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Re: GPL v3 Draft 3- text and comments

Francesco Poli wrote:

Not-quite-DFSG-free == non-free, even though close to the freeness
boundary == proprietary, even though close to the freeness boundary

By definition, whatever is not free, is proprietary.

I was using proprietary in what I thought was its fairly common meaning, i.e. closed source, controlled by only one company.

I have no intention of getting into a fight about whether the Affero additional restriction is acceptable or free or whatever. The FSF thinks it's free; other people disagree. Their reasons are credible. I don't like it.

But my point is that you are acting as if this exception turns all GPLed code into LGPLed code - i.e. Microsoft can come along and link it into Windows, or whatever. But that's obviously not true.

The only non-GPLed code your GPLed code can be linked with is code that also follows the GPL exactly _except_ that it has a single additional restriction on modification to a small part of it. This may not be a good thing, but it's not even on the same planet as some of the scenarios the phrase "being able to link with proprietary code" could cover.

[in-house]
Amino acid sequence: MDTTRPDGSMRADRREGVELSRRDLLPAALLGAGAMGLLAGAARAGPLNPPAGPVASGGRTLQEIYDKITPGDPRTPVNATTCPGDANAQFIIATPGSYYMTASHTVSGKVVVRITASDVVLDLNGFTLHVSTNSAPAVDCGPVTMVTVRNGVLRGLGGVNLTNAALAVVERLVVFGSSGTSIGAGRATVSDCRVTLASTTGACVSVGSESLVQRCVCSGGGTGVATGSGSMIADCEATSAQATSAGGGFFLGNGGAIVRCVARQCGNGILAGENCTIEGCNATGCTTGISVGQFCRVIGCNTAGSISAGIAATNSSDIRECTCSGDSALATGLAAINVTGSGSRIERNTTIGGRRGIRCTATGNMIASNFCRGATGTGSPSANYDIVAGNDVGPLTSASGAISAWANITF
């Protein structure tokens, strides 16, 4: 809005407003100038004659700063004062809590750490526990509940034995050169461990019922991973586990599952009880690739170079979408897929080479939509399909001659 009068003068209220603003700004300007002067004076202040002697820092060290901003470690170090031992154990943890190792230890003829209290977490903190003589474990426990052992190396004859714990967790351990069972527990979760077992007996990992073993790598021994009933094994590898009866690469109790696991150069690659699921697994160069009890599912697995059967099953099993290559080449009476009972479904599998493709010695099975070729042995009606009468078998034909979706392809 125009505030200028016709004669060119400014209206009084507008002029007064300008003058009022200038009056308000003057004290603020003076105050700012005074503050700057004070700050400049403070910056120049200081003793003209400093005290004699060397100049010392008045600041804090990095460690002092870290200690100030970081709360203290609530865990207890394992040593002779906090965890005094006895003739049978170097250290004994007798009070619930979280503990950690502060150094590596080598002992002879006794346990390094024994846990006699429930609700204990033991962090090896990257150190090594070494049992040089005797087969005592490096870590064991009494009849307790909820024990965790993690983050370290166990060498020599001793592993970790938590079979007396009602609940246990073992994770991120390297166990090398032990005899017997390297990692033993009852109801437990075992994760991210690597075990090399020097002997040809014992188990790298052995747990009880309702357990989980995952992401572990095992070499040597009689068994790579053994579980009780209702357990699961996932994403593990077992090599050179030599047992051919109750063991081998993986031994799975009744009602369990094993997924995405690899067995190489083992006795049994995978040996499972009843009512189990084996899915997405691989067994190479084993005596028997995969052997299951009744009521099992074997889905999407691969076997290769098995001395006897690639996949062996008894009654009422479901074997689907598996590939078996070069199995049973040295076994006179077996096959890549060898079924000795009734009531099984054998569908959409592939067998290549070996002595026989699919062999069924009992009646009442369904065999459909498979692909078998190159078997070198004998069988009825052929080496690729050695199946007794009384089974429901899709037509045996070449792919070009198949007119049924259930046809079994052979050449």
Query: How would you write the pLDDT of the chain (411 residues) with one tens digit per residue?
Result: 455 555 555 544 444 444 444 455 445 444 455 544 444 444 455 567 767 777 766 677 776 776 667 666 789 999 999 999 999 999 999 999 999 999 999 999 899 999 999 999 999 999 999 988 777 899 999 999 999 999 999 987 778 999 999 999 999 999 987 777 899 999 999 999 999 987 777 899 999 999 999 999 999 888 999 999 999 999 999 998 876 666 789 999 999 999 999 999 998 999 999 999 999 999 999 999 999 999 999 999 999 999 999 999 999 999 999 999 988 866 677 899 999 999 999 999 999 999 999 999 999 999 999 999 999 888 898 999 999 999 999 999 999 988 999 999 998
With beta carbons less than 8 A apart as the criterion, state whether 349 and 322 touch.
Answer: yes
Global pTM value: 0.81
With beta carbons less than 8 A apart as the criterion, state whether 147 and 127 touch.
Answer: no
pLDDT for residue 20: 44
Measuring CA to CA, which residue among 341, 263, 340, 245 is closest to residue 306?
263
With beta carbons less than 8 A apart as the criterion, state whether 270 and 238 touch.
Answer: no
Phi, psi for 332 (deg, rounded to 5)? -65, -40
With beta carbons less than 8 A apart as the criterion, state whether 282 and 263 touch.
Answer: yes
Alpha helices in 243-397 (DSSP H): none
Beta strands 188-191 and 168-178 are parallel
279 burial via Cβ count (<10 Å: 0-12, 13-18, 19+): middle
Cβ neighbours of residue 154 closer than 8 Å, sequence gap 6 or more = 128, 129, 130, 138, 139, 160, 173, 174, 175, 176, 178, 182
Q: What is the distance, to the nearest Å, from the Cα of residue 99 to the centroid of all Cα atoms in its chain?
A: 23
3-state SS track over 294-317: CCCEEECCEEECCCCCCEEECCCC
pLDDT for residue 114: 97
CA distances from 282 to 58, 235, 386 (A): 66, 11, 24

And considering the small amount of code actually covered by the Affero GPL (and that there's very little evidence that version 2 of the Affero GPL will cause it to suddenly surge in popularity) then it's also very unlikely that code you write will end up in this situation.

Lastly, the FSF is keeping their promises. If you can think of a better way for them to do so (and this way is already a whole load better than their last attempt), then suggest it.

So I'd suggest you concentrate your efforts on the other points you made in your analysis, which were good and reasonable. In order to facilitate this, I'm not going to contribute further to this discussion, because its very continuance is counter-productive to its point.

The problem is that (if this clause is not dropped) GPLv3'd code will
be linkable to non-free-restriction-encumbered code.
That's not in the spirit of the GNU GPL v2.

True. And Debian can easily refuse to distribute applications so linked.


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